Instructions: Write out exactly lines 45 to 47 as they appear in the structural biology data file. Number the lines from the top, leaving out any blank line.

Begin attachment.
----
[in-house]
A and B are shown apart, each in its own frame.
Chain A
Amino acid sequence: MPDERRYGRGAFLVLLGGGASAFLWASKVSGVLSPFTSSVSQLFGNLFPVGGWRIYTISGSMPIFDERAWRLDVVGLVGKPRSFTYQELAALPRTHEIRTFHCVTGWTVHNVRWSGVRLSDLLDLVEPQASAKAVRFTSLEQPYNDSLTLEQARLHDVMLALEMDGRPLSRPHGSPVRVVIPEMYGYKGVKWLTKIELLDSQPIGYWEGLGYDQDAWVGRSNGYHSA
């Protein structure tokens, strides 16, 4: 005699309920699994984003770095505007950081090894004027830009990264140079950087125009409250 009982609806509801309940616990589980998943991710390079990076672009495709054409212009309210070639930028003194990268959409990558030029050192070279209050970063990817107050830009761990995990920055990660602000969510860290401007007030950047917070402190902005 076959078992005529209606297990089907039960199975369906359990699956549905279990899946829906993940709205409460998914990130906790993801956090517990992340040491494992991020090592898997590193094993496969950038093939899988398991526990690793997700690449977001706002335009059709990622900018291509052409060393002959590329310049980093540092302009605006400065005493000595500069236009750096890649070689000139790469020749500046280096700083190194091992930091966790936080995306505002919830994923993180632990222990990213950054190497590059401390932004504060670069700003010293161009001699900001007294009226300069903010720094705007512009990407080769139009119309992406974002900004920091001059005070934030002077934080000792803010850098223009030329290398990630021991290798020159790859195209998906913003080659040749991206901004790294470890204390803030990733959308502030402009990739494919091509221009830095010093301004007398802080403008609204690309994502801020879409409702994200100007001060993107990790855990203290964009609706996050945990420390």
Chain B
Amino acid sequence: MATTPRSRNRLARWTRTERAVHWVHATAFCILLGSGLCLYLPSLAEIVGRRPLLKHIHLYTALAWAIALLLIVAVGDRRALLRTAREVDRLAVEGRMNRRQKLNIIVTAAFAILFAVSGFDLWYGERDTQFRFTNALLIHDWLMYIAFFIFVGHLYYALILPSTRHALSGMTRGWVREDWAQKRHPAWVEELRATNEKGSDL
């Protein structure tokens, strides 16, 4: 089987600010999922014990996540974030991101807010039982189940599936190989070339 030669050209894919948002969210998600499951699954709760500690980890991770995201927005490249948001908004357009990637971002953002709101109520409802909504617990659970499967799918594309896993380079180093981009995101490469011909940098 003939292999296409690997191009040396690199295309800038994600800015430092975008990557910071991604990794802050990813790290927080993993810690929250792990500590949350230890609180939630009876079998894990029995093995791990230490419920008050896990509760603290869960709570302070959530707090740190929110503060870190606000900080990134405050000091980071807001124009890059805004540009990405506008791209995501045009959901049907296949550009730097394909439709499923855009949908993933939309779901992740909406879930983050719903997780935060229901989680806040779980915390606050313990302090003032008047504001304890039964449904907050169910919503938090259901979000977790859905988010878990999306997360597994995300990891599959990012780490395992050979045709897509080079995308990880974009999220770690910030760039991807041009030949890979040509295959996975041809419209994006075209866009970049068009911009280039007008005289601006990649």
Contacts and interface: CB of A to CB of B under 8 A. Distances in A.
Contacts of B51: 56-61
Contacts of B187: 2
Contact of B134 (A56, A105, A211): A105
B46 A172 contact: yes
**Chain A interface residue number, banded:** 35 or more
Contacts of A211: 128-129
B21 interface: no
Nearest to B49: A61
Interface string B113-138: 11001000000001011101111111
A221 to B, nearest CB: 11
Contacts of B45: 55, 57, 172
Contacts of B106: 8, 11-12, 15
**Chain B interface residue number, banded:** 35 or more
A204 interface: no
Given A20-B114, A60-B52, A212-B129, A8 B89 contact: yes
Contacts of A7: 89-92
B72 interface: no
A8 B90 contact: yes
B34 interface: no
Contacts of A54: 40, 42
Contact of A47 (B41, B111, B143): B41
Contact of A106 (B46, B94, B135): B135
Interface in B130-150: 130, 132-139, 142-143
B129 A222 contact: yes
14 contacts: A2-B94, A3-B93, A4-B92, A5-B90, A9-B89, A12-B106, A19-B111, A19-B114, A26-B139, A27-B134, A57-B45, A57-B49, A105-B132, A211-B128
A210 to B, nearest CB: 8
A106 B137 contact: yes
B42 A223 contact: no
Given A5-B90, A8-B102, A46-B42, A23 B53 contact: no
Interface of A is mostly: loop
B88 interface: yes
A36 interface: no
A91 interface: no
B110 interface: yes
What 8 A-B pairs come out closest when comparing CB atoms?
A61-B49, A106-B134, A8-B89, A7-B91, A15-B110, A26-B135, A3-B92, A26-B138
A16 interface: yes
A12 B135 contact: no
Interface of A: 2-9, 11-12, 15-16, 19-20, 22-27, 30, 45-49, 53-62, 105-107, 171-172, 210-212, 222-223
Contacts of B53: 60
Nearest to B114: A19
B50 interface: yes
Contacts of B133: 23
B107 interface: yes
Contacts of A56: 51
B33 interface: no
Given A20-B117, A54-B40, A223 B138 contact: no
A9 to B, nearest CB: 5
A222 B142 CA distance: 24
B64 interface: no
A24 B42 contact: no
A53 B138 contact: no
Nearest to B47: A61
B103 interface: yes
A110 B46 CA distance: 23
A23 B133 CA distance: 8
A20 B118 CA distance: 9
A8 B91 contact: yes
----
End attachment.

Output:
A61-B49, A106-B134, A8-B89, A7-B91, A15-B110, A26-B135, A3-B92, A26-B138
A16 interface: yes
A12 B135 contact: no